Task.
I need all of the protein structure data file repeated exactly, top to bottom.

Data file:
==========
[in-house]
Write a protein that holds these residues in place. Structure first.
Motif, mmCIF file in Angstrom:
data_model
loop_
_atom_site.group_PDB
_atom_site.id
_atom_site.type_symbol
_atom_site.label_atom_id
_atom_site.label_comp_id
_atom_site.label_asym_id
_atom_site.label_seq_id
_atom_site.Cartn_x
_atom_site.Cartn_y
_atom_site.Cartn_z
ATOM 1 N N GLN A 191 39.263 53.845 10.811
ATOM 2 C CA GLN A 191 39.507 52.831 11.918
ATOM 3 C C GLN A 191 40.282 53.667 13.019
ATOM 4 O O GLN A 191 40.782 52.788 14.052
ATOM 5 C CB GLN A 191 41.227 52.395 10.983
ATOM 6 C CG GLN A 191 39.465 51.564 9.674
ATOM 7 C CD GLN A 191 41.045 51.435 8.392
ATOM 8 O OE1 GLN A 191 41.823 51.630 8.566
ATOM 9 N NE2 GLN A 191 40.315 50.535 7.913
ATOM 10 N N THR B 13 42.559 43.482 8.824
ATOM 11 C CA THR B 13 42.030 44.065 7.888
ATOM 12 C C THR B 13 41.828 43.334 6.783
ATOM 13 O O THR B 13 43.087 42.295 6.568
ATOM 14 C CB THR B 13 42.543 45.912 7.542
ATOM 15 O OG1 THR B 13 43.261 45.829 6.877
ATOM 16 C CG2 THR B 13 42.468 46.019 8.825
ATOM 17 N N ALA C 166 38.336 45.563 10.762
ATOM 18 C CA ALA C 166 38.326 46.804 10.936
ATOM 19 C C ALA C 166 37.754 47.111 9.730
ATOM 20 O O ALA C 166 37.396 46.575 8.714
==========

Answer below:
[in-house]
Write a protein that holds these residues in place. Structure first.
Motif, mmCIF file in Angstrom:
data_model
loop_
_atom_site.group_PDB
_atom_site.id
_atom_site.type_symbol
_atom_site.label_atom_id
_atom_site.label_comp_id
_atom_site.label_asym_id
_atom_site.label_seq_id
_atom_site.Cartn_x
_atom_site.Cartn_y
_atom_site.Cartn_z
ATOM 1 N N GLN A 191 39.263 53.845 10.811
ATOM 2 C CA GLN A 191 39.507 52.831 11.918
ATOM 3 C C GLN A 191 40.282 53.667 13.019
ATOM 4 O O GLN A 191 40.782 52.788 14.052
ATOM 5 C CB GLN A 191 41.227 52.395 10.983
ATOM 6 C CG GLN A 191 39.465 51.564 9.674
ATOM 7 C CD GLN A 191 41.045 51.435 8.392
ATOM 8 O OE1 GLN A 191 41.823 51.630 8.566
ATOM 9 N NE2 GLN A 191 40.315 50.535 7.913
ATOM 10 N N THR B 13 42.559 43.482 8.824
ATOM 11 C CA THR B 13 42.030 44.065 7.888
ATOM 12 C C THR B 13 41.828 43.334 6.783
ATOM 13 O O THR B 13 43.087 42.295 6.568
ATOM 14 C CB THR B 13 42.543 45.912 7.542
ATOM 15 O OG1 THR B 13 43.261 45.829 6.877
ATOM 16 C CG2 THR B 13 42.468 46.019 8.825
ATOM 17 N N ALA C 166 38.336 45.563 10.762
ATOM 18 C CA ALA C 166 38.326 46.804 10.936
ATOM 19 C C ALA C 166 37.754 47.111 9.730
ATOM 20 O O ALA C 166 37.396 46.575 8.714